I’ve only told one person about this before now, but I had a dream that we had lost Jonah two months to the day before he was born. I woke up around 3am panicked and heart broken. We already knew about his defects and that we were headed into Trisomy 13, though it hadn’t been confirmed by the test yet. I only told one person because I felt the more I talked about it, the more likely it was to come true, and we still had so much to fight for that I couldn’t waste time thinking about how things may or may not end up. Allowing that dream – and ultimately his death, now – to take over when life is at its hardest would take away from the process. We knew we would only have so much time with him and every day counted. I wanted to focus on the kicks I could now feel; keeping our heads clear and our hearts full.
Almost a full five months after that dream I’ve found that when I’m having a decent day and I find Jonah it’s like my heart sings – another moment with my son that I never expected. The other days… there’s no way to explain it to someone who hasn’t experienced this. The depths of a parent’s love know no bounds, but the depths of despair a parent feels who has lost their child envelopes you entirely. Good days and bad days ebb and flow like the tide, and the emotions along with it. Some days I feel guilty because I’m having a good day or feel ‘normal’ again and the moment I realize it I instantly feel like I’m forgetting him. My bad days do the same thing – guilt because I know Jonah wouldn’t want to see me live life this way. I do my best to live up to who I want to have been if he were with us right now but sometimes I’m just not strong enough. I’m broken and a piece has been taken away, never fully able to get put back together.
It’s in these times that I’m learning there are two kinds of people, and you see it easier when you put a puzzle together. People who love them will keep one and put it together time and again when they miss a piece because they love the challenge of getting it done, revealing the picture one strangely shaped piece at a time. People who don’t tend to throw them out – donate them or recycle them or throw them away because they’re no longer complete. I’ve always been a throw-it-out person. Puzzles are the worst for me – I like to see my options and know where things go, and puzzles throw in all of the uncertainty that disrupts my order. This place I’m at, where I’m learning to reconcile losing my son – my greatest accomplishment – with what life is now, is the hardest thing I’ve ever been through. This isn’t a puzzle I can send out and replace with a new one, nor is it something I’d want to. Fighting through the mud brings us to the mountain top, and I just have to trust the process.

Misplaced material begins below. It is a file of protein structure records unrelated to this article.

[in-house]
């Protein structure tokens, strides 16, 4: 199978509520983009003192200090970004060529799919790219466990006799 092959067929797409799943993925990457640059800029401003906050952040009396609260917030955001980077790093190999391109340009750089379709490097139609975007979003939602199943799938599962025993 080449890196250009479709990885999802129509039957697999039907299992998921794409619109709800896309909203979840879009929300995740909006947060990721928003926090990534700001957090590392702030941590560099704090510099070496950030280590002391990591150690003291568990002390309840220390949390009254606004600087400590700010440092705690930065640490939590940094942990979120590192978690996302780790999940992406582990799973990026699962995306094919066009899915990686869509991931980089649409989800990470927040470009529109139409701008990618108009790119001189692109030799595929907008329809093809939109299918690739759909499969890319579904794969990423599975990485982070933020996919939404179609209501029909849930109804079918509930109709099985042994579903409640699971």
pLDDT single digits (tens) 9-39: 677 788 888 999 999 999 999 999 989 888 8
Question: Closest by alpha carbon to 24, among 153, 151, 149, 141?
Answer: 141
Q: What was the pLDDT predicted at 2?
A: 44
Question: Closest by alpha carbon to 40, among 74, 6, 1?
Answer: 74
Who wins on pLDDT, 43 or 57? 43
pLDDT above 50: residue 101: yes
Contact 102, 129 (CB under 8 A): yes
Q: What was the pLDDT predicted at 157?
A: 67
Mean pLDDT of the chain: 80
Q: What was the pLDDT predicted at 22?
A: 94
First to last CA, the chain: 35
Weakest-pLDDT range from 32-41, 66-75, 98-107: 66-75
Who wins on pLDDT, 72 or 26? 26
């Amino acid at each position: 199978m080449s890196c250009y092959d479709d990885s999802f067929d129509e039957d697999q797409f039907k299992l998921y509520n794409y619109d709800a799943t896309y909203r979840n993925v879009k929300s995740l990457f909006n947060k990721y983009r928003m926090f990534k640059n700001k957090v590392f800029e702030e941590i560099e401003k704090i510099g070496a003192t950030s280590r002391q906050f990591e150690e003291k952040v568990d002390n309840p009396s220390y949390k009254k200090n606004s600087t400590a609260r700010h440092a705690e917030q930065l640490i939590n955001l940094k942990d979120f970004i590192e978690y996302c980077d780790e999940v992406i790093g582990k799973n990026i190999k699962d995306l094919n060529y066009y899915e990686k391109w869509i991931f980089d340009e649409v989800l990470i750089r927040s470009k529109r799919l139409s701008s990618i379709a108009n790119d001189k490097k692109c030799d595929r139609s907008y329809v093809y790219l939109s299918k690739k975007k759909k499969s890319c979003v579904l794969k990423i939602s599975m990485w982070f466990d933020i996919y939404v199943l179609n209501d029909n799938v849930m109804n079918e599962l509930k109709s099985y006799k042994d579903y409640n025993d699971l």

While Cassy and I were at the beach last weekend for her birthday, we saw two parents playing with their little child, just barely walking. I had spent the entire day just working to keep the emotions of having so many families around us just under the surface, but I couldn’t stop watching these three. In a beach full of people who were letting their kids play in the ocean or sand by themselves while the adults did what adults do, these parents were dancing with their child on the sand. One was recording a video of this little one wobbling around, experiencing the beach for what had to be the first time. They went out and put the baby’s feet in the water and ran back, taking in the whole experience. It hurt me so deeply to not get to be that parent, that family. Cassy walked up and we chatted about them, and I tried to hold back but the waterworks started… I couldn’t not-feel this. What she said next is something I’ll never forget. “Maybe”, she started, “they were where we are now.” I can’t tell you how badly I want that to be the case – that this family had experienced a cut so deep that their love for this child grew just as much on the other side, and that was why they were dancing together. It gave me hope in a week where I felt alone.
Trusting the process – and God’s plan – is the hardest when we don’t feel like it. One day we will be that family. We’ll go to the beach and build sand castles or head to the mountains to learn about the forest. We’ll jump in puddles and dance in the rain, because that’s what life is about. Until then I’m doing my best to put one foot in front of the other every single day, trusting that the best is yet to come and knowing that my love for Jonah is stronger than my pain after losing him.
Embrace what today will bring, know you are capable, and hold on to that puzzle – this life isn’t meant to be thrown away.